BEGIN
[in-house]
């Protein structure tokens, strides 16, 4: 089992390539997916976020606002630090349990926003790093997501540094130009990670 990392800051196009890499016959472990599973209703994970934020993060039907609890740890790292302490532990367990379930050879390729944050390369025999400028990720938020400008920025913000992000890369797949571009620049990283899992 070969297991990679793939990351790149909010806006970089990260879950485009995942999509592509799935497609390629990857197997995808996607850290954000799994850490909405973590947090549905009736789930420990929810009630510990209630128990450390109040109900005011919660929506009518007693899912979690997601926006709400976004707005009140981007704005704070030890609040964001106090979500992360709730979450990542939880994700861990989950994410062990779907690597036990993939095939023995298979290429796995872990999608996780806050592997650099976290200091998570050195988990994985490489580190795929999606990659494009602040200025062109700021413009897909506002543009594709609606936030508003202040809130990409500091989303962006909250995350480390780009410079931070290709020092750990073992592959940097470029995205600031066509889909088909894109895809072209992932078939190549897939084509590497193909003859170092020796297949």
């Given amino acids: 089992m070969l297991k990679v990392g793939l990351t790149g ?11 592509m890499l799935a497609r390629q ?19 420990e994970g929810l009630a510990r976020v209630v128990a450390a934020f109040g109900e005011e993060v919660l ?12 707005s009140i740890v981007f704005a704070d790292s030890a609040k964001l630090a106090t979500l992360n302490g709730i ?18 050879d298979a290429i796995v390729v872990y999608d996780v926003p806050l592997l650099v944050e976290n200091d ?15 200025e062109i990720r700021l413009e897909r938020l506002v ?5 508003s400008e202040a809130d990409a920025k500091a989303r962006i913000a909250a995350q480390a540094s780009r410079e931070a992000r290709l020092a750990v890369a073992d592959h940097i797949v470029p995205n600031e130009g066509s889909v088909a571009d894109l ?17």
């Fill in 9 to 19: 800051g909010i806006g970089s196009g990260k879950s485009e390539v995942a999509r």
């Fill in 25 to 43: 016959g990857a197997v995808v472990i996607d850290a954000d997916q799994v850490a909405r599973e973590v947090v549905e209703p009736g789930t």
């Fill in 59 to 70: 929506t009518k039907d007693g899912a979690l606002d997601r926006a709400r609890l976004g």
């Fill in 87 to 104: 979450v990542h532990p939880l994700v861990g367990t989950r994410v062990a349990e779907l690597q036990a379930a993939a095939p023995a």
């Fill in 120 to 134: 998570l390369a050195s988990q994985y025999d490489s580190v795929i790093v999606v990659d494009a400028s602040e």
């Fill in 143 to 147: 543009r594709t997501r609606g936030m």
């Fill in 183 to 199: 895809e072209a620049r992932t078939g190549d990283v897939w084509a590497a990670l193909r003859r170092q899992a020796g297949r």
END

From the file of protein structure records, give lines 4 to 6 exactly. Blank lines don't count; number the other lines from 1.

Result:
């Fill in 9 to 19: 800051g909010i806006g970089s196009g990260k879950s485009e390539v995942a999509r």
């Fill in 25 to 43: 016959g990857a197997v995808v472990i996607d850290a954000d997916q799994v850490a909405r599973e973590v947090v549905e209703p009736g789930t």
């Fill in 59 to 70: 929506t009518k039907d007693g899912a979690l606002d997601r926006a709400r609890l976004g």